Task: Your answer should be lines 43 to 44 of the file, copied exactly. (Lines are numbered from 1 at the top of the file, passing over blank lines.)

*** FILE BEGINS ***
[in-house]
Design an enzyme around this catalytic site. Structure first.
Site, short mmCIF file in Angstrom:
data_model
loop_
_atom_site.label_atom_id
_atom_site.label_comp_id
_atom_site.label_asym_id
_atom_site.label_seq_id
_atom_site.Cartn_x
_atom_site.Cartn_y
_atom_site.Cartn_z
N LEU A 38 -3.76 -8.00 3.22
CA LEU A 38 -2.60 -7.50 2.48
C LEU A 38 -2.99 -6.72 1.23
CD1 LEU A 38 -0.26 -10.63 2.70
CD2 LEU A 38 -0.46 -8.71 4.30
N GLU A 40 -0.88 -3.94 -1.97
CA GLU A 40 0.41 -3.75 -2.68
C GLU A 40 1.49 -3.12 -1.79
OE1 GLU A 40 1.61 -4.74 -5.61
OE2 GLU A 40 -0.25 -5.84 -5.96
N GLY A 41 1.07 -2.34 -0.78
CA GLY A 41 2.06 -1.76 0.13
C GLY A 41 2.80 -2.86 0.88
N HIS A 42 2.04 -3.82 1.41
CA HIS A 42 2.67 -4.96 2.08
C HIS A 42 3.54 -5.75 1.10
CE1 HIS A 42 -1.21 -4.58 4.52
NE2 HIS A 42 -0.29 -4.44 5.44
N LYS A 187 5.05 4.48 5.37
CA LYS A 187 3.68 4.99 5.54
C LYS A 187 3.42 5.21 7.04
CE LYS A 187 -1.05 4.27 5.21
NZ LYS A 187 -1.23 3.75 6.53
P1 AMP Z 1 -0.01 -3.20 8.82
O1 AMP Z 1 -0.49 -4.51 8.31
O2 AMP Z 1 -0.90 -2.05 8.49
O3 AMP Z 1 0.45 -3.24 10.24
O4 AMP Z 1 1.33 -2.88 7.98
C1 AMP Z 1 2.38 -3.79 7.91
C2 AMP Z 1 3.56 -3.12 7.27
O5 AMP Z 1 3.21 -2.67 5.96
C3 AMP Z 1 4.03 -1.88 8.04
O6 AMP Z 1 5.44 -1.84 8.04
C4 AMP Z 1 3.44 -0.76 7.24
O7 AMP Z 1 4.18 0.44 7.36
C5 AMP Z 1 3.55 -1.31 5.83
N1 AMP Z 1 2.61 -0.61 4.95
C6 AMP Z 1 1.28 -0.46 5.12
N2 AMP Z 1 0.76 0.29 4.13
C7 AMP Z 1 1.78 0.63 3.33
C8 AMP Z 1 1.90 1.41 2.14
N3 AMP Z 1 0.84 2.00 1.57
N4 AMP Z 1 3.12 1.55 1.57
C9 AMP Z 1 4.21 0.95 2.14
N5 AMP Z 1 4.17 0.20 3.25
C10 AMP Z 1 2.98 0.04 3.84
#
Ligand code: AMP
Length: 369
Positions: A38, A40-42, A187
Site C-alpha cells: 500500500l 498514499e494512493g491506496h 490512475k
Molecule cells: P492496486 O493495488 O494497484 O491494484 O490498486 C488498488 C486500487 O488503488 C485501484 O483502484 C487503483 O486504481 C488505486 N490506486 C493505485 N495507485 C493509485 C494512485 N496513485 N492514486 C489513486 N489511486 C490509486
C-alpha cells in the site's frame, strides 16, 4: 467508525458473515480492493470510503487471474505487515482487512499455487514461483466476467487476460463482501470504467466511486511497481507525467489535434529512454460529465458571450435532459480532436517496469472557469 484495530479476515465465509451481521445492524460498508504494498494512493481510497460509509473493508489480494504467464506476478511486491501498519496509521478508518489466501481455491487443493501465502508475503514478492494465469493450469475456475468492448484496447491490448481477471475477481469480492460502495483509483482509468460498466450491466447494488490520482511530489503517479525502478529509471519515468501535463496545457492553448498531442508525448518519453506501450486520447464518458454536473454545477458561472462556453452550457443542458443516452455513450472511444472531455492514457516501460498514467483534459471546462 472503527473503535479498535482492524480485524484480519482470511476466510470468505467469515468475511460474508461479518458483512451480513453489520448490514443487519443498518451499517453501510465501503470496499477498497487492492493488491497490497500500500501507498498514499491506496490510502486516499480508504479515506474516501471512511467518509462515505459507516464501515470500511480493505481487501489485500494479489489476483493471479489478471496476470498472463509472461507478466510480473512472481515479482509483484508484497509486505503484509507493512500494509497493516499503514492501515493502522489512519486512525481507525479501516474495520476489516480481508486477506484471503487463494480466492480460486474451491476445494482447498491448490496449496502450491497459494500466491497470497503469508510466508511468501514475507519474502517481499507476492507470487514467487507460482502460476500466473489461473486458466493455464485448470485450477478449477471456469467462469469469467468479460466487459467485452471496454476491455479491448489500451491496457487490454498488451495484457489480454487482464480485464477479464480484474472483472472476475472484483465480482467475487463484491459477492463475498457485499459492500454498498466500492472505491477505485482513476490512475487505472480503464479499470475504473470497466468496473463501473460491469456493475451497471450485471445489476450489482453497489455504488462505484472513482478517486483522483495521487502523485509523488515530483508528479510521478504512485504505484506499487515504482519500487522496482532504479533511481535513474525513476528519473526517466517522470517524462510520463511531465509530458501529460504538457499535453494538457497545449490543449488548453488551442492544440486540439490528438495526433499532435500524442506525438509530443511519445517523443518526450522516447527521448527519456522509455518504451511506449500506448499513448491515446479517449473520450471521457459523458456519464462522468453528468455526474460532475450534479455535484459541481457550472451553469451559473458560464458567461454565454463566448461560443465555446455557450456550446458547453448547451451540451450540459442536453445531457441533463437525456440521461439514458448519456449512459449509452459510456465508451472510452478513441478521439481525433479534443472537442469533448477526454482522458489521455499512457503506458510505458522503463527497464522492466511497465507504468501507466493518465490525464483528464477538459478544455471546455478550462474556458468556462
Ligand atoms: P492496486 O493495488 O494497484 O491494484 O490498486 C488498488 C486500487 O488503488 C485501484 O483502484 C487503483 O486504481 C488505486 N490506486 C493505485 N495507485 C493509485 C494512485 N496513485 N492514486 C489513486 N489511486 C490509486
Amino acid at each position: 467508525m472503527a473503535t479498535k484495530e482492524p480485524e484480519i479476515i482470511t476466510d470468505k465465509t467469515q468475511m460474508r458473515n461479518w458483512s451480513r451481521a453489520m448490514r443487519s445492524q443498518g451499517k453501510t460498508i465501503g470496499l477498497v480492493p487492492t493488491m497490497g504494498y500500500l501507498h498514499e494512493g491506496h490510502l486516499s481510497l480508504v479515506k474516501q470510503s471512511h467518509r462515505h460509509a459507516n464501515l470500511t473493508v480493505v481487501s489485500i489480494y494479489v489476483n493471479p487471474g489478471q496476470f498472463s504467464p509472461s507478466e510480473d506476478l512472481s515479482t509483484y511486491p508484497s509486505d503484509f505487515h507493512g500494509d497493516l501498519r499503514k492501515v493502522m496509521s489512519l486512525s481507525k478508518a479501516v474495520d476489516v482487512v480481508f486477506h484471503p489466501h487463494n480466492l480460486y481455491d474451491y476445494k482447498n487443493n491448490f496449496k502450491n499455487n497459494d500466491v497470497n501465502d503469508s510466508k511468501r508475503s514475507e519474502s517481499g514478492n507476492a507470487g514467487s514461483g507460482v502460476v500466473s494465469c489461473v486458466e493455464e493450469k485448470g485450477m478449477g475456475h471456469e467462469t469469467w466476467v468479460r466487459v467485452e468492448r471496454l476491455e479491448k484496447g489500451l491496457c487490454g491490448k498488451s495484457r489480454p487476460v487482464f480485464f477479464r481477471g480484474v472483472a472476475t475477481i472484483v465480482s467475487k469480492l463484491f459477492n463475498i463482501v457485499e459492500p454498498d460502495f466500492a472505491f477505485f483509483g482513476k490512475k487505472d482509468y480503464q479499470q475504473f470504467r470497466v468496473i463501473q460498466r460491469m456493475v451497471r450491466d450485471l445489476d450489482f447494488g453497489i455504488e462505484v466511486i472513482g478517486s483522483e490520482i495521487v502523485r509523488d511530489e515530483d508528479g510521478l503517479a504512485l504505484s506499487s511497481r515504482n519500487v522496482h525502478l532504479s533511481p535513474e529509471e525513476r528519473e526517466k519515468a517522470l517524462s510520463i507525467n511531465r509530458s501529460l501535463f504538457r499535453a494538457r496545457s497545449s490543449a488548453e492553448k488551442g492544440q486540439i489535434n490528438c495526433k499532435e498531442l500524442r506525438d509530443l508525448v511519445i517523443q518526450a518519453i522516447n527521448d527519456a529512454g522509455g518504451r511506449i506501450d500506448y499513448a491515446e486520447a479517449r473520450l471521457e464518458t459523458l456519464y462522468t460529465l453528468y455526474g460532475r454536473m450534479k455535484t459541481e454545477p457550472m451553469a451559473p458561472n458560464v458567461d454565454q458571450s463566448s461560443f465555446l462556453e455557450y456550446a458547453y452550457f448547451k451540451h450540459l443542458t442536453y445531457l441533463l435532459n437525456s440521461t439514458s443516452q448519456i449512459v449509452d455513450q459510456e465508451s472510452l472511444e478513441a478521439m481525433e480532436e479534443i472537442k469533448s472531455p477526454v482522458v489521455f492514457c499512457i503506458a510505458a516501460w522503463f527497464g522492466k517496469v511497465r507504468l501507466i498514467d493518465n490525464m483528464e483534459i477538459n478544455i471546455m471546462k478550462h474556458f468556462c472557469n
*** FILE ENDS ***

O5 AMP Z 1 3.21 -2.67 5.96
C3 AMP Z 1 4.03 -1.88 8.04